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Conor Devaney remains ready for Roscommon

 

By Cian O’Connell

“I do think there is more in us,” Conor Devaney says when asked about Roscommon’s potential.

Since winning an All Ireland minor title with Roscommon back in 2006 Devaney has watched accomplished footballers join the senior panel. Out west Roscommon contested nine Connacht Under 21 Finals between 2007 and 2016, claiming silverware on four occasions.

Talented footballers have been manufactured, but only one provincial title collected since 2010. “Every year there seems to be a stronger panel of players,” Devaney adds.

“The talk at the beginning of this year was that we were going to be weaker, but it seems we have strengthened as the year has gone on.

“With players coming back, and players coming back from injury it has strengthened. So yeah, I think there is room for improvement and I think we should continue to improve over the next couple of years, definitely.

“I think to become more consistent is the thing. We showed we can beat Mayo, maybe it was lucky at times, but we have to be able to prove to ourselves that we can do that a second day or maybe even a third day.

“Maybe we can’t do it five days in a row, but we have to build on it everywhere. I think that’s the area that we need to improve on, definitely.”

Roscommon, though, aren’t operating with a full complement due to college commitments and players travelling, but Devaney believes that will always happen. “I think we are very used to that, to be fair,” Devaney replies. “I think players go away and come back and that’s just the way the game is.

Roscommon's Conor Devaney in Allianz Football League action against Dublin in March.
Roscommon’s Conor Devaney in Allianz Football League action against Dublin in March.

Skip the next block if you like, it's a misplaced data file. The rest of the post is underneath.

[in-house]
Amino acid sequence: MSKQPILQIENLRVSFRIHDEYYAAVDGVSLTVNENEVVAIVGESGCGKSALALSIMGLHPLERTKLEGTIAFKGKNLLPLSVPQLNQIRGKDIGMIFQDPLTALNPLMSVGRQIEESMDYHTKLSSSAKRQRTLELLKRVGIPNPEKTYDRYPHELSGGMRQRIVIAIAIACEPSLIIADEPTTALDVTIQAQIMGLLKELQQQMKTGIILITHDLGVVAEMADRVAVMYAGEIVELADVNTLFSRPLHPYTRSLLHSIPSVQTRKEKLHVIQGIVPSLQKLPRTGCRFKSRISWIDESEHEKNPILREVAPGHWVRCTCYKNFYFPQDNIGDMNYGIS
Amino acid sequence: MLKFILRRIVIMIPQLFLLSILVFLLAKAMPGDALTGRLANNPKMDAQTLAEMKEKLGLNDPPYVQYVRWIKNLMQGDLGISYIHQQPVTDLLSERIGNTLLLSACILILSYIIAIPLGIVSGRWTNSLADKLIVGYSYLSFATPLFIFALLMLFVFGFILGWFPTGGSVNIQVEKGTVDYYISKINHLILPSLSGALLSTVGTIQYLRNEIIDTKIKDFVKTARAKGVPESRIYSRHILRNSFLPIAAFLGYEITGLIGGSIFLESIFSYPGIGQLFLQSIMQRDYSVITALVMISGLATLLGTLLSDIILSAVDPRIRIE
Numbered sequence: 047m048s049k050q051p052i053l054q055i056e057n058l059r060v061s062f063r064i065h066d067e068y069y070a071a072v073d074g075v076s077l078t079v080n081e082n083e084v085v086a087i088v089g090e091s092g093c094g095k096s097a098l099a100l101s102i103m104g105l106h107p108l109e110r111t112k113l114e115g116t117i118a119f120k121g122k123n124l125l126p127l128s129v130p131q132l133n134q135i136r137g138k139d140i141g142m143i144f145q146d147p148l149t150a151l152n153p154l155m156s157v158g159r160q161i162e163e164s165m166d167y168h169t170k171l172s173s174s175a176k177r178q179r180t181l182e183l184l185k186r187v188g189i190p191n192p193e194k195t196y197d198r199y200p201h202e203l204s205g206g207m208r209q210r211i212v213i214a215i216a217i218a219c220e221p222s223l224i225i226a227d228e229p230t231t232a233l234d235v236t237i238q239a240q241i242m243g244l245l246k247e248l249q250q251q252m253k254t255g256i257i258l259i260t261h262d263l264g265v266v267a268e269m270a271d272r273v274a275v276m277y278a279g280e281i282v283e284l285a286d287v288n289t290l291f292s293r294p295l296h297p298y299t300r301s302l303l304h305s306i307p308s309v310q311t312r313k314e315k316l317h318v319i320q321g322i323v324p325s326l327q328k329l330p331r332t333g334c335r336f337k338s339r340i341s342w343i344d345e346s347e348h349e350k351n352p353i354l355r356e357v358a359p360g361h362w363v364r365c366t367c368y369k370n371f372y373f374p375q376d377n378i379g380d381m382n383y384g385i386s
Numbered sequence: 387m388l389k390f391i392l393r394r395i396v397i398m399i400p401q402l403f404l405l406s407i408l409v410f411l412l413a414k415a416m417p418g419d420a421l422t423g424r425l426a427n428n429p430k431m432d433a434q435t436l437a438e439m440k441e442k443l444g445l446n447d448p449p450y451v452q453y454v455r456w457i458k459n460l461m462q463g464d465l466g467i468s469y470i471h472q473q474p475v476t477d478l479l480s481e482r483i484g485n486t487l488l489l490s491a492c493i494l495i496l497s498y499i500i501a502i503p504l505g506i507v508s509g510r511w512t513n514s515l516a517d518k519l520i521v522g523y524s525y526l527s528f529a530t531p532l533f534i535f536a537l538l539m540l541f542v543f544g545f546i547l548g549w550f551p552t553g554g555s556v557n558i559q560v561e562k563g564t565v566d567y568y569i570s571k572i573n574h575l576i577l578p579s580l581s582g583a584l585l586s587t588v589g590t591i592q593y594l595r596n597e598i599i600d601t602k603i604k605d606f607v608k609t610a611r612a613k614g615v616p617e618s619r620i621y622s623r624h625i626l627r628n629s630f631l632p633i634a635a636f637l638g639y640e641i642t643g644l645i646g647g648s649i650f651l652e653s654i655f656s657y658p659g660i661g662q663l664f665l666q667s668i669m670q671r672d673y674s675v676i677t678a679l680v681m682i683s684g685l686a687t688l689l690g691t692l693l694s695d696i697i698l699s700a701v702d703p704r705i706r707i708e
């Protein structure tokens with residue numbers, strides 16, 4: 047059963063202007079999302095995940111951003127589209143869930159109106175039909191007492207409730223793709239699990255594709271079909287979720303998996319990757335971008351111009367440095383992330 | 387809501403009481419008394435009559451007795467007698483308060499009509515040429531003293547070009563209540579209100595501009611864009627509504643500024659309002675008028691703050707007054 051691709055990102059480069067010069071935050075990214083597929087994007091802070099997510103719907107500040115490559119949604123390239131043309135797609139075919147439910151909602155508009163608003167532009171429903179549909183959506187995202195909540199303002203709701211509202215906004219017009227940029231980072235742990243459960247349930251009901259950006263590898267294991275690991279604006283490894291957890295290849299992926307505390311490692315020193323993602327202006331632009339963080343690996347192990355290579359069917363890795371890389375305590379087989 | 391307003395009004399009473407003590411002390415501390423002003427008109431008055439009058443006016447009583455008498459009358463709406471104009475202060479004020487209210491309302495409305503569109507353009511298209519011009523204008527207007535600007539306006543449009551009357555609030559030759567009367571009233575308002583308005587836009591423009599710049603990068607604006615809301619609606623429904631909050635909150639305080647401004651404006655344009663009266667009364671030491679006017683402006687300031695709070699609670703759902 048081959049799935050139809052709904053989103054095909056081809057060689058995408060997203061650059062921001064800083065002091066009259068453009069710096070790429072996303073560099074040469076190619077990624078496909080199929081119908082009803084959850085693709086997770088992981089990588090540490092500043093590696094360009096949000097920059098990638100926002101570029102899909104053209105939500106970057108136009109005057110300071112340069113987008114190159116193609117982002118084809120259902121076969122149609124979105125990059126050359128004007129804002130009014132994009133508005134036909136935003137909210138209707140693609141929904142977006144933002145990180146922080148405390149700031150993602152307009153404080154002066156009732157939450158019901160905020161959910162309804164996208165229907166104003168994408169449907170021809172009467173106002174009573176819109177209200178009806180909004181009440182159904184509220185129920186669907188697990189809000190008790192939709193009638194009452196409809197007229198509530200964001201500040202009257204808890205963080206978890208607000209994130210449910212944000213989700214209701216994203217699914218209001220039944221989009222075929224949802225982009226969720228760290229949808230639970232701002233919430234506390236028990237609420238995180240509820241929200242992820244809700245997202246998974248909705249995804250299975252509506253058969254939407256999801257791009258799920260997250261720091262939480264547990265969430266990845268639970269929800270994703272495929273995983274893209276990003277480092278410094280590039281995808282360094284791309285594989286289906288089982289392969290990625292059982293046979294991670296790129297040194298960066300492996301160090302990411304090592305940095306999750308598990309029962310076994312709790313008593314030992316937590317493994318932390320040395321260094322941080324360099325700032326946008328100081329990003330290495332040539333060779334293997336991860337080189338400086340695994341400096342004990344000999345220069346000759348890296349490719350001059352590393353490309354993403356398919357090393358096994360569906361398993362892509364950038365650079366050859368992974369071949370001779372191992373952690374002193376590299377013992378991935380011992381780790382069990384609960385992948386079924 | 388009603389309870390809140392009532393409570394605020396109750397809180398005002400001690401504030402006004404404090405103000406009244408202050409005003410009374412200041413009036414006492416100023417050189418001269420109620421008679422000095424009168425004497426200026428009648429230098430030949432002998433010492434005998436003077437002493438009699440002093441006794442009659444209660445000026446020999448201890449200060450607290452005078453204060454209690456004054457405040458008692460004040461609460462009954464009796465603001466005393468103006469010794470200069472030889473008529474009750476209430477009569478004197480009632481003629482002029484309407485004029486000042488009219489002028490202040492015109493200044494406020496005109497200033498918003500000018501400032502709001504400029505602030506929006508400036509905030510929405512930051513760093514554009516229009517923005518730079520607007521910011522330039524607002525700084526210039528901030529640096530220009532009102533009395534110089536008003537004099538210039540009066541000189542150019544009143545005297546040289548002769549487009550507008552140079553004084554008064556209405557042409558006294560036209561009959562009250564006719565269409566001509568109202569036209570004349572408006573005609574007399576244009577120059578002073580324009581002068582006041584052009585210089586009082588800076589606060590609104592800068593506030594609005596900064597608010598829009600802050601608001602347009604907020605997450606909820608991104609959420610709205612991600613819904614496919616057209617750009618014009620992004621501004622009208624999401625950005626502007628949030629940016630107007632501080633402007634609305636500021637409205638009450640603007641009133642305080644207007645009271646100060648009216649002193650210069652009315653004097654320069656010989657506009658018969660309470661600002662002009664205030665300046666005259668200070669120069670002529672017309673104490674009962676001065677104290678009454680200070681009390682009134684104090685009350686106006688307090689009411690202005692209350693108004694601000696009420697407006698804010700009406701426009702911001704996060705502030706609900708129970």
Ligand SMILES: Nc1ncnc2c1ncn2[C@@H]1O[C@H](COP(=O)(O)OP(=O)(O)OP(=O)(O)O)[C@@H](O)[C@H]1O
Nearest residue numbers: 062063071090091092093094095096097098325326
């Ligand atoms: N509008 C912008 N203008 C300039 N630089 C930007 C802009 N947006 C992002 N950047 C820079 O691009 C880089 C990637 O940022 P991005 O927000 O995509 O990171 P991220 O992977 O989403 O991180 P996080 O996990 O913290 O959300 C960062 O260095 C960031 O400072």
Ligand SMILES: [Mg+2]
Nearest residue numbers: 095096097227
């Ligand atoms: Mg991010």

“I don’t think you can commit to 10 or 12 or 13 years in a row. It’s very difficult. I think what you have, we have a very strong panel of players, and if people want to go away that’s great.

“I think they should go away, but what we have is strong enough form to see improvement. I still think we should improve this year and again next year with the panel that have and the panel that we might have next year.”

A teacher in Roscommon Community College, Devaney is relishing th opportunity to face Galway for the fourth year on the spin in the western showpiece.

“Yes, very much so, and very much looking forward to it,” Devaney says.

“The two teams are familiar with each other. I suppose at this stage we kind of know how we are going to play in a lot of ways. There is always going to be surprises on the day, but that doesn’t make it any easier.

“We know how difficult it is to play against Galway and how every team in the country finds it difficult to play against them. Although you might be able to analyse them and know they do this and do that it is still very difficult to play against them. That will be the case next Sunday.”

Despite causing a surprise against Mayo, Devaney is adamant that Roscommon have significant scope for improvement.

“Yeah, absolutely we can’t do things like we did the last day in the Connacht Final,” Devaney stresses. “Kickouts were poor, our shooting was poor at times, breaking ball was poor. There were a lot of things where Mayo were just far better than us.

Conor Devaney believes significant potential exists in Roscommon.
Conor Devaney believes significant potential exists in Roscommon.

“We were lucky enough to win on the day, but it won’t be enough for back to back, to win two big games in a row, certainly not.”

Having featured as a substitute in the Mayo triumph, Devaney believes that the depth of the Roscommon panel continues to increase. “We just have a very strong, not alone 26, but a very strong 34 or 35,” Devaney remarks.

“I don’t know if you noticed, but for the last two games our 26 has changed by three or four players. Just finding it difficult to get into the team at the moment. That is no surprise.

“The team is very good, winning, and everyone is doing extremely well. I think the panel is stronger, there is more acceptance for coming off the bench.

“You could see the difference that made the last day. We had Enda (Smith), Donie (Smith), Fintan Cregg kicking the winning point, Diarmuid Murtagh coming off the bench, Brian Stack and myself.

“You need the players to buy into that, you play a certain amount of time. If you start you might play half an hour like Andy Glennon the last day, he played a brilliant half.

“His day and job was done. So it doesn’t matter whether you start or finish as long as you contribute in some way that is valuable. That is the way it is.”

Adapting to deal with different challenges has enabled Roscommon to enjoy a productive summer so far. Anthony Cunningham’s team travel to Salthill accompanied by equal measures of hope and expectation.

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